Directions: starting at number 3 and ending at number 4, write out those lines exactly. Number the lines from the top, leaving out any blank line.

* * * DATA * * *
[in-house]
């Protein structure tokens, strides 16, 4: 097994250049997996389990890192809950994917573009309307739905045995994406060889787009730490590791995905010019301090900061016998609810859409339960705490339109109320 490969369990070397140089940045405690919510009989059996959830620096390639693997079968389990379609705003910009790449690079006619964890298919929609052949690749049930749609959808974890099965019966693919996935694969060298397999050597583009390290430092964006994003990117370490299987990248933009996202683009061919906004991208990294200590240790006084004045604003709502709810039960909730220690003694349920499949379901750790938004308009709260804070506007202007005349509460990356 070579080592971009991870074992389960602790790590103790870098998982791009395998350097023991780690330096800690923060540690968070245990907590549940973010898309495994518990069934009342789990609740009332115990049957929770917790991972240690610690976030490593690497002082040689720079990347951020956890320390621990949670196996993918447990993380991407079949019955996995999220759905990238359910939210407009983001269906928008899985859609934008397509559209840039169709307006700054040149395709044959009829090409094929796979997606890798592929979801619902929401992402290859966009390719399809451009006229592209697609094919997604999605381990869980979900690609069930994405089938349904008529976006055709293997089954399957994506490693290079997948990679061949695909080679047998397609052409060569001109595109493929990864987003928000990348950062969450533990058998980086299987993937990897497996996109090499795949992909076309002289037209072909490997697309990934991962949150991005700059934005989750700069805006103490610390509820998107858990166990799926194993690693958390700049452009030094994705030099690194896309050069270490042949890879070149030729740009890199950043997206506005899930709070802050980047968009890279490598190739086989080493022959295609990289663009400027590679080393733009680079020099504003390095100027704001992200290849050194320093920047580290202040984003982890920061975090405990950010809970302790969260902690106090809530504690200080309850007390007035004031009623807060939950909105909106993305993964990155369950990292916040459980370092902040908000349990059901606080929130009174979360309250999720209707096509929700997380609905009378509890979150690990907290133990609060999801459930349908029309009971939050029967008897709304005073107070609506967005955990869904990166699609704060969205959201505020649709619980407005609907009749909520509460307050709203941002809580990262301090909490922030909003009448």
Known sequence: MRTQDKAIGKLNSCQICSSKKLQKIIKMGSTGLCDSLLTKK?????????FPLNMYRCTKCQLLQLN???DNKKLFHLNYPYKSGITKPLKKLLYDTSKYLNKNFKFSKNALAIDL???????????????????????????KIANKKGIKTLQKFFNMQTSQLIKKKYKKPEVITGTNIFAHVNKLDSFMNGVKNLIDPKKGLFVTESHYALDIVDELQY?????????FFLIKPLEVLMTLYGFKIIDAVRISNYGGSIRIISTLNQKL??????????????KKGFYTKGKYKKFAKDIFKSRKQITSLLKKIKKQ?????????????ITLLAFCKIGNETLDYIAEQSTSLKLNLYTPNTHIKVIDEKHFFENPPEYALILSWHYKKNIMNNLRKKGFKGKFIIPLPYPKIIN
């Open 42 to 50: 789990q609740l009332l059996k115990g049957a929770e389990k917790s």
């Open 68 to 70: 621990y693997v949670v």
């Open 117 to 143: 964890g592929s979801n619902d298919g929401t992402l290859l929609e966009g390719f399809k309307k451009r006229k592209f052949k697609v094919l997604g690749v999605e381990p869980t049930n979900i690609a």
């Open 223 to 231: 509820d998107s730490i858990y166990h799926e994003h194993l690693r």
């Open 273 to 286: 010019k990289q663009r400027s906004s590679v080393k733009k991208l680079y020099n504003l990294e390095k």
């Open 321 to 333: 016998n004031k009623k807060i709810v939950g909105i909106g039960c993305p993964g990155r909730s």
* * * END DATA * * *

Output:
Known sequence: MRTQDKAIGKLNSCQICSSKKLQKIIKMGSTGLCDSLLTKK?????????FPLNMYRCTKCQLLQLN???DNKKLFHLNYPYKSGITKPLKKLLYDTSKYLNKNFKFSKNALAIDL???????????????????????????KIANKKGIKTLQKFFNMQTSQLIKKKYKKPEVITGTNIFAHVNKLDSFMNGVKNLIDPKKGLFVTESHYALDIVDELQY?????????FFLIKPLEVLMTLYGFKIIDAVRISNYGGSIRIISTLNQKL??????????????KKGFYTKGKYKKFAKDIFKSRKQITSLLKKIKKQ?????????????ITLLAFCKIGNETLDYIAEQSTSLKLNLYTPNTHIKVIDEKHFFENPPEYALILSWHYKKNIMNNLRKKGFKGKFIIPLPYPKIIN
């Open 42 to 50: 789990q609740l009332l059996k115990g049957a929770e389990k917790s």